The political landscape has been reversed since 1992. When Republicans sought the fourth consecutive presidential victory that year, California and New Jersey were still reliable states. Realignment of post-Civil Rights voters remains incomplete.
A more flexible partisan attachment gives change to economic conditions more power to change the political position of the president. President Bush first saw his Gallup approval rating jump up to 89% when America won the first Gulf War, then fell below 40% when voter attention turned to the ongoing economic recession at the same time.
Americans reject Bush’s leadership firmly, even when the recession turns to recovery. Elected in 1988 with 53% of the vote, Bush withdrew only 37% during his re-election in a three-way race that included an independent bid by Texas businessman Ross Perot.
“It doesn’t matter what Bush says,” recalls Daron Shaw, who works as a young data analyst on the Bush campaign and who now helps direct polls for Fox News. “As soon as you put Bush and the economy in the same sentence, people will only be eliminated.”
That makes Bush the third president in the last century to lose re-election, all three with great economic responsibility. The disappointing stagflation in 1980 helped Ronald Reagan overthrow Democrat Jimmy Carter; The Great Depression sparked Franklin Roosevelt’s victory over Republican Herbert Hoover in 1932.
The fragmented political world inhabited by Trump reduced the importance of economic problems. Strong growth for most of his tenure did not push Trump’s employment agreement to even be as high as 50%, or prevent Democrat opponents from reclaiming Parliament in 2018.
Victims of the frightening corona virus also did not change the rank of the President’s approval which was very weak. Polarization gave him a solid political foundation. The voter may also be unsure how much responsibility he has to bear for the disaster that befalls the whole world.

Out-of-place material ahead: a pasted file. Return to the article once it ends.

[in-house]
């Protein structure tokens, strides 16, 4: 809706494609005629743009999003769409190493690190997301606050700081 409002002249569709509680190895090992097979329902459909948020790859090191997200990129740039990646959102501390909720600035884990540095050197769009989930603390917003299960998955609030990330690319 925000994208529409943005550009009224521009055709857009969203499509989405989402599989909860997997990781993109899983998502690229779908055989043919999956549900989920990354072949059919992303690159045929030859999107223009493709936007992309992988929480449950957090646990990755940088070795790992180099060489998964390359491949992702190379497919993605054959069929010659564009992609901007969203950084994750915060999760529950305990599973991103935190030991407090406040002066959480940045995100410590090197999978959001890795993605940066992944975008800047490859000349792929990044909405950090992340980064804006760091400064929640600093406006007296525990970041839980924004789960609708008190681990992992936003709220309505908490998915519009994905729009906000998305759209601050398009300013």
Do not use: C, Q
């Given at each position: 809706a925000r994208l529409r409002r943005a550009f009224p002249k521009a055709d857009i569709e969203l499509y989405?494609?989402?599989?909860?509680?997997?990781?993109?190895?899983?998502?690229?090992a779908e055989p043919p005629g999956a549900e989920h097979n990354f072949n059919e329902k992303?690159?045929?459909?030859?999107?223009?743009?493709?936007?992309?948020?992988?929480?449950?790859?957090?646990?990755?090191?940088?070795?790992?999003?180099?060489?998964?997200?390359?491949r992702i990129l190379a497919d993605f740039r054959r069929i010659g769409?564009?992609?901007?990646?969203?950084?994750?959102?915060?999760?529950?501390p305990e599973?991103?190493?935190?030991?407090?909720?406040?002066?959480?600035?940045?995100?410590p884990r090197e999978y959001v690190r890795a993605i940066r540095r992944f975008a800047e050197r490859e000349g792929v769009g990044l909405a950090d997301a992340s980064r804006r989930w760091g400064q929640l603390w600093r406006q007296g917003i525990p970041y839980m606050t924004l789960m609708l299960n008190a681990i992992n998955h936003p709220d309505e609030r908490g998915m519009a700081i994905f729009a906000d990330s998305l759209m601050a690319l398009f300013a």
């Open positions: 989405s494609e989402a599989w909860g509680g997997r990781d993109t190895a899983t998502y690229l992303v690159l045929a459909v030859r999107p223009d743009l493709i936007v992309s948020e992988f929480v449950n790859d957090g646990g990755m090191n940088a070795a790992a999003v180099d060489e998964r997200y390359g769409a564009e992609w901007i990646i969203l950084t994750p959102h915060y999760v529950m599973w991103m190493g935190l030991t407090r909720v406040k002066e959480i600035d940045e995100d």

That’s how Trump fended off the Depression’s unemployment rate on Friday. He recalled a strong economy only two months ago – and a deliberate choice to stop it when the corona virus spreads.
Usually, the ration of the president who holds the right to vote is similar to the ranking of the approval of his work. 45% of Trump’s approval last month in the CNN Polling Poll nearly matched the 46% of the popular vote he received in defeating Hillary Clinton four years ago.
But Trump faces two major obstacles to re-creating his 2016 magic.
First, his part in the polling against Biden had run significantly behind his approval rating. That shows that even some unfriendly Trump voters are bored with incumbent divisions and erratic behavior.
In Fox’s national poll last month, for example, 49% agreed with Trump’s job performance but only 41% planned to vote against Biden. The Fox poll on the battlefields of Florida, Michigan and Pennsylvania pegged the gap at eight, six and five percentage points, respectively. Biden leads in all three states.
“I have not seen such a large gap,” observed Shaw, who also teaches political science at the University of Texas.
Second, the health and economic losses of coronavirus make it difficult for Trump to compensate. Opinion polls show Biden running well among senior citizens, the group most vulnerable to the corona virus.
By shifting his message to the reopening of the economy, Trump aims to identify himself with the rebound predicted by the White House later this year as Americans head to the polls – even though health experts have warned of a second wave of infections in the fall that might kill the economy again.
However, if the US escapes that destiny, it will be Biden’s responsibility to persuade Americans that Trump’s response to the corona virus makes their economic suffering worse than it should. that argument can appeal to a small group of voters and encourage others who are usually dissatisfied from politics to take part in the election.
“Democrats must make this case,” said Paul Begala, the chief architect of Bill Clinton’s economic attack in 1992. “The narrative is, ‘He did a terrible job for you. He hurt you.'”